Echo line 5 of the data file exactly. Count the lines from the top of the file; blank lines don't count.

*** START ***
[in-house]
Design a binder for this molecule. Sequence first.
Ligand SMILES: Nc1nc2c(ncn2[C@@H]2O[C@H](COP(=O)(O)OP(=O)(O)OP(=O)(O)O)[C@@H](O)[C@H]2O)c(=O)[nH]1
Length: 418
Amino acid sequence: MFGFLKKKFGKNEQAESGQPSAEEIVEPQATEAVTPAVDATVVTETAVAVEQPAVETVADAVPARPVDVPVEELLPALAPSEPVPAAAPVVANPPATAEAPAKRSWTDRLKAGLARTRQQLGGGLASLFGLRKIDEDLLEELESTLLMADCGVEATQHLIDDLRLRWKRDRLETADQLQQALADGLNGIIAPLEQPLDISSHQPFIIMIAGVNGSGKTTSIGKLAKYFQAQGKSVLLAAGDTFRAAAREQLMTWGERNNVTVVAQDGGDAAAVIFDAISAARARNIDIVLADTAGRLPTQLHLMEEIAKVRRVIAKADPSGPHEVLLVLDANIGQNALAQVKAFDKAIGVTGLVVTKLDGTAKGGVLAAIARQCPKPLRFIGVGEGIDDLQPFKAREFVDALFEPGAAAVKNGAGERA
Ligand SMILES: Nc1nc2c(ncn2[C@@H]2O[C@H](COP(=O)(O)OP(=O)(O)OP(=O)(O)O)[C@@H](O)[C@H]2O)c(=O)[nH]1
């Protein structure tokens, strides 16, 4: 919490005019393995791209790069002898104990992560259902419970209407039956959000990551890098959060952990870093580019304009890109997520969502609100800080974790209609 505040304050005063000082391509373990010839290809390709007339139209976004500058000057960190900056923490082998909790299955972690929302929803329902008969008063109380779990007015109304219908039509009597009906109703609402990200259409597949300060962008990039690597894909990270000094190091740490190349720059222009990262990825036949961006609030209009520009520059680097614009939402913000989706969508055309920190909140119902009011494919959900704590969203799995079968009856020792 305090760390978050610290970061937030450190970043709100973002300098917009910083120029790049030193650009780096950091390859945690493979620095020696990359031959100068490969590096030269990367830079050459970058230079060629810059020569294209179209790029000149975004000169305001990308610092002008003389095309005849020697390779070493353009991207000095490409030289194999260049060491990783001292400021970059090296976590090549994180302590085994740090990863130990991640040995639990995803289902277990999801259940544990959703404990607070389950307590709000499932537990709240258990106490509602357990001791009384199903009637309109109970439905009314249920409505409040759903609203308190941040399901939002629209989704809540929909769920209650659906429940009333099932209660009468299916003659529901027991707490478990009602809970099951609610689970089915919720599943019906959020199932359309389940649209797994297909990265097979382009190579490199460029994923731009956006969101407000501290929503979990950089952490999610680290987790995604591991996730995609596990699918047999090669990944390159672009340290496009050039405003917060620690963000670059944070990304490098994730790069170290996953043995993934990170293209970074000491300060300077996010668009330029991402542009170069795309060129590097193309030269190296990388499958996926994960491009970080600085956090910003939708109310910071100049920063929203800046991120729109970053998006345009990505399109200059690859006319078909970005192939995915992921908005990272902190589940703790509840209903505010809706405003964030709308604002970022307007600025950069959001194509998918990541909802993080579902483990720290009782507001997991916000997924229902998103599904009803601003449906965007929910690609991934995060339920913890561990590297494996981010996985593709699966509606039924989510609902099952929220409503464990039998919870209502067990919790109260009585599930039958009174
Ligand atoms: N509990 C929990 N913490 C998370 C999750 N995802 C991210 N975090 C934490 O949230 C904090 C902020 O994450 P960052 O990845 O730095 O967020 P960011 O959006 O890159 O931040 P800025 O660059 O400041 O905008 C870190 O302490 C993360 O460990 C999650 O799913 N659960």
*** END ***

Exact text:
Amino acid sequence: MFGFLKKKFGKNEQAESGQPSAEEIVEPQATEAVTPAVDATVVTETAVAVEQPAVETVADAVPARPVDVPVEELLPALAPSEPVPAAAPVVANPPATAEAPAKRSWTDRLKAGLARTRQQLGGGLASLFGLRKIDEDLLEELESTLLMADCGVEATQHLIDDLRLRWKRDRLETADQLQQALADGLNGIIAPLEQPLDISSHQPFIIMIAGVNGSGKTTSIGKLAKYFQAQGKSVLLAAGDTFRAAAREQLMTWGERNNVTVVAQDGGDAAAVIFDAISAARARNIDIVLADTAGRLPTQLHLMEEIAKVRRVIAKADPSGPHEVLLVLDANIGQNALAQVKAFDKAIGVTGLVVTKLDGTAKGGVLAAIARQCPKPLRFIGVGEGIDDLQPFKAREFVDALFEPGAAAVKNGAGERA